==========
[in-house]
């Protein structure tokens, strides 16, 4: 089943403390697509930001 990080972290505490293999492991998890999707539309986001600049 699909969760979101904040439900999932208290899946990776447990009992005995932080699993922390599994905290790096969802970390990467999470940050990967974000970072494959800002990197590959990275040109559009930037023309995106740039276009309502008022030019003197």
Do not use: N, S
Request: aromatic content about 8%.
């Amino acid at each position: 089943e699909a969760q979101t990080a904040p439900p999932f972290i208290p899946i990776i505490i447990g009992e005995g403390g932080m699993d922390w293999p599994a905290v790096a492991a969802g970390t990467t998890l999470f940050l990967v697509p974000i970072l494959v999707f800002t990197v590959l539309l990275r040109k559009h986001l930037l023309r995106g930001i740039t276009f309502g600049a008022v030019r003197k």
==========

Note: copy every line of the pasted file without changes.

[in-house]
């Protein structure tokens, strides 16, 4: 089943403390697509930001 990080972290505490293999492991998890999707539309986001600049 699909969760979101904040439900999932208290899946990776447990009992005995932080699993922390599994905290790096969802970390990467999470940050990967974000970072494959800002990197590959990275040109559009930037023309995106740039276009309502008022030019003197």
Do not use: N, S
Request: aromatic content about 8%.
């Amino acid at each position: 089943e699909a969760q979101t990080a904040p439900p999932f972290i208290p899946i990776i505490i447990g009992e005995g403390g932080m699993d922390w293999p599994a905290v790096a492991a969802g970390t990467t998890l999470f940050l990967v697509p974000i970072l494959v999707f800002t990197v590959l539309l990275r040109k559009h986001l930037l023309r995106g930001i740039t276009f309502g600049a008022v030019r003197k």